Here's a Thought: Matt Cain Isn't Making Any Progress

Nathaniel StoltzSenior Analyst IJuly 14, 2009

SAN FRANCISCO - MAY 02:  Pitcher Matt Cain #18 of the San Francisco Giants reacts after Brad Hawpe #11 of the Colorado Rockies hit a solo home run in the sixth inning on May 2, 2009 at AT&T Park in San Francisco, California.  (Photo by Ezra Shaw/Getty Images)

Entering the year, it seemed that Giants fans were looking for Matt Cain to take a big step forward and join Tim Lincecum as a second ace in the San Francisco rotation.

With a 10-2 record and 2.38 ERA, Cain looks to have blown his 8-14, 3.76 ERA 2008 season out of the water.

But he hasn't.

Now, I have nothing against Matt Cain; I think he may improve somewhere down the line. I'm just telling you what the numbers are telling me.

You know what the best season of Matt Cain's career has been thus far?


When he went 7-16.

I'm not kidding.

When Matt Cain came up in 2005, big things were expected of the former first-rounder, and he immediately pitched well, putting up a 2.33 ERA in five starts.

Those five starts actually weren't that good.

In a recent article, I looked at Oakland starter Brett Anderson's month-by-month peripheral splits to see if he was improving. He clearly was.

Does Cain show a similar pattern in his yearly peripherals?

Let's take a look.

Year      K/9      BB/9      HR/9     Ranks

2005      5.83    3.69      .78       5, 3, 3
2006      8.45    4.11      .85       1, 5, T-4
2007      7.34    3.56      .63       3, 2, 1
2008      7.69    3.76      .79       2, 4, 3
2009      7.31    3.54      .85       4, 1, T-4

Other than identifying 2007 as Cain's best season, this doesn't really show any sort of trend.

We can see that his strikeout and walk rates are somewhat inversely correlated—when Cain tries to amp his stuff up to strike out more batters, he loses a little bit of control.

Aside from the low K rate in 2005, Cain's peripherals have basically held steady since he came into the league. His K rate is on a slight downward trend and has always been between 7.31 and 8.45. His BB rate has always been between 3.54 and 4.11. His homer rate has always been between .63 and .85.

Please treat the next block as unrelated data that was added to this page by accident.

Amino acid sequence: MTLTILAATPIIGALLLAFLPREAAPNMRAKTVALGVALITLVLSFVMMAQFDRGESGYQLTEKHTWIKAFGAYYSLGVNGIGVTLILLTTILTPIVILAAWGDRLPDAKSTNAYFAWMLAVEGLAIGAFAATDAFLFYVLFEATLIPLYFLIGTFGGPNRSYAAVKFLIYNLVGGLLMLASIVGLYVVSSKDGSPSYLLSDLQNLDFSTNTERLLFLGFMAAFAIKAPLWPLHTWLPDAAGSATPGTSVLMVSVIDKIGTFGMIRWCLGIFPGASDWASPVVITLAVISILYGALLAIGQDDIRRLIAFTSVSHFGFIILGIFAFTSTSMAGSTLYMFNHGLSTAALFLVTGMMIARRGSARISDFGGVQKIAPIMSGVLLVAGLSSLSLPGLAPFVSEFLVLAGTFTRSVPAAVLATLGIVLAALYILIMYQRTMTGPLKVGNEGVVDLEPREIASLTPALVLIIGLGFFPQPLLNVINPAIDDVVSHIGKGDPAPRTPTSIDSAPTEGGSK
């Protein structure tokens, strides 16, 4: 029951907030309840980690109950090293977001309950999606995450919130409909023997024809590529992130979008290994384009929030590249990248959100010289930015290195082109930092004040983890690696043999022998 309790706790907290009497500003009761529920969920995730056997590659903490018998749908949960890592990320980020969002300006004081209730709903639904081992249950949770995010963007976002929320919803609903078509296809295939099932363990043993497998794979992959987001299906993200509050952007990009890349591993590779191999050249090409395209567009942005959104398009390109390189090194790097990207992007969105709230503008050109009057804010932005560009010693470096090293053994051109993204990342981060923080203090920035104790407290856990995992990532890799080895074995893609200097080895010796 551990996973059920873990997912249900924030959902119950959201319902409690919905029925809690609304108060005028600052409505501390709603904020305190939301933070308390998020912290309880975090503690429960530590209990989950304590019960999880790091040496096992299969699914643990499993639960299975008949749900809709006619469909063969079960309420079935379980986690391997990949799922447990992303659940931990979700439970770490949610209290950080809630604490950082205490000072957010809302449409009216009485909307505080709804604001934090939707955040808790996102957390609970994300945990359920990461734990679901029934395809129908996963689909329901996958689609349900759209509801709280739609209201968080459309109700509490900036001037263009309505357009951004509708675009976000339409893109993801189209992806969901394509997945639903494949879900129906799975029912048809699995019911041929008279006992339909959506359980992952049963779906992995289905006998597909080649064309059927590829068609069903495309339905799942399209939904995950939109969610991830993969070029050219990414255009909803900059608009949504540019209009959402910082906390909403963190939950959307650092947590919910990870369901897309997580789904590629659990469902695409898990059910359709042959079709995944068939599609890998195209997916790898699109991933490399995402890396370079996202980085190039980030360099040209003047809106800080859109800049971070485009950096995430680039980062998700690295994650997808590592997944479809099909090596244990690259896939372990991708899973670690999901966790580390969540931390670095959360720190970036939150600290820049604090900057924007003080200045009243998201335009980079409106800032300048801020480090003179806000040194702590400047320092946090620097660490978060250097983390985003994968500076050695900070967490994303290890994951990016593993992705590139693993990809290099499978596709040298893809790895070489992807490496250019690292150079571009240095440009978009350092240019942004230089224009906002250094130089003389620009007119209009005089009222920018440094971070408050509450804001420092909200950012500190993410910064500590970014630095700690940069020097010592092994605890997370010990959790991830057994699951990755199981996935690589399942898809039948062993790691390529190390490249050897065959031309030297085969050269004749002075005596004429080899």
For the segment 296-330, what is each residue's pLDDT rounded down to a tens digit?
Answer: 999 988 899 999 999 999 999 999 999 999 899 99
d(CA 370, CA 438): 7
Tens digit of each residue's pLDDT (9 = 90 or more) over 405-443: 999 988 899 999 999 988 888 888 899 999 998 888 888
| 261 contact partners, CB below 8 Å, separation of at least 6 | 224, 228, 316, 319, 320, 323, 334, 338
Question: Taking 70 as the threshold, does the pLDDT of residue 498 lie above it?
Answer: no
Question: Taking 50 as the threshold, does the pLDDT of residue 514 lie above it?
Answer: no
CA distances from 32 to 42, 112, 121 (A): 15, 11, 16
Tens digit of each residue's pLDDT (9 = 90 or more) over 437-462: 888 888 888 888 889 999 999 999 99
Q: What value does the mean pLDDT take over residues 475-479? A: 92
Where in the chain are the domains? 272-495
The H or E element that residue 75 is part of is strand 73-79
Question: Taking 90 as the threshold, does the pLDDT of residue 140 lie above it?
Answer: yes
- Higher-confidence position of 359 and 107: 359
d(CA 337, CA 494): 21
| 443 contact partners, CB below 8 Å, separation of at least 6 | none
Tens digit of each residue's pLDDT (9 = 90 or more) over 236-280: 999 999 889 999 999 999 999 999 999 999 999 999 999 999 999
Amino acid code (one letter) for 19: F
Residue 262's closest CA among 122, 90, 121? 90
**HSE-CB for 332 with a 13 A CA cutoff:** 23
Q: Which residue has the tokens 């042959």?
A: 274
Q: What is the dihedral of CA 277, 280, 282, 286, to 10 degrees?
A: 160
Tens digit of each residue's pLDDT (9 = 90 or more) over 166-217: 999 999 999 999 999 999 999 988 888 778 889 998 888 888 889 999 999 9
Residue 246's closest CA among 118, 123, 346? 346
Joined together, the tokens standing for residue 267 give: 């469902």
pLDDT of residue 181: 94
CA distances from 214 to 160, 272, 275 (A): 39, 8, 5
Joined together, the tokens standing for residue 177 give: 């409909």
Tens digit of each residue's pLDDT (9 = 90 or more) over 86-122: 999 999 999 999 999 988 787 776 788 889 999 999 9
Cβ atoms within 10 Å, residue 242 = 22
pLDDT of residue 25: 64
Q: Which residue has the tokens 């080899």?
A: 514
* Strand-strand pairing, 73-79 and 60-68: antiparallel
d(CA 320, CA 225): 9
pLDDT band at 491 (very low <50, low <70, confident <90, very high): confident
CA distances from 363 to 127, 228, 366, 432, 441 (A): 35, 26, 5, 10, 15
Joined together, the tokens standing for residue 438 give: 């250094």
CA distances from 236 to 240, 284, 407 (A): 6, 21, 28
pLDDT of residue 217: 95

So what does all this tell us?

Matt Cain isn't making any progress.

The win-loss record is mainly a function of run support—Cain got very little 2007-08 and now the Giants hitters are backing him.

As for the ERA, it stems from a .272 BABIP and wildly lucky 86.5 percent strand rate.

Some of you who are more stat-inclined may point to 2005-2007, where Cain had below-average BABIPs for three straight years, and say the .272 mark isn't a fluke.

Actually, the 2006 and 2007 marks (.279 and .284) weren't fluky at all. But the .272 mark this year is very fluky.

In 2006, 16.7 percent of hits off Cain were liners. In 2007, it was 16.1 percent.

This year, it's 19.4 percent. That means that while Cain's BABIPs in 2006-07 should have been in the .280s, his 2009 mark should be closer to .310-.320.

No, Cain isn't a 2.38 ERA pitcher this year. He actually is a 3.87 FIP pitcher.

Cain's FIPs, by year:

2005: 4.08
2006: 3.96
2007: 3.78
2008: 3.91
2009: 3.87

Again, that's not progress—that's stagnation.

Cain's not a bad pitcher by any means. He's just not an ace.

When Giants fans evaluate their team, they need to realize Cain, though a good third starter, is actually stretched as a No. 2 behind Tim Lincecum.


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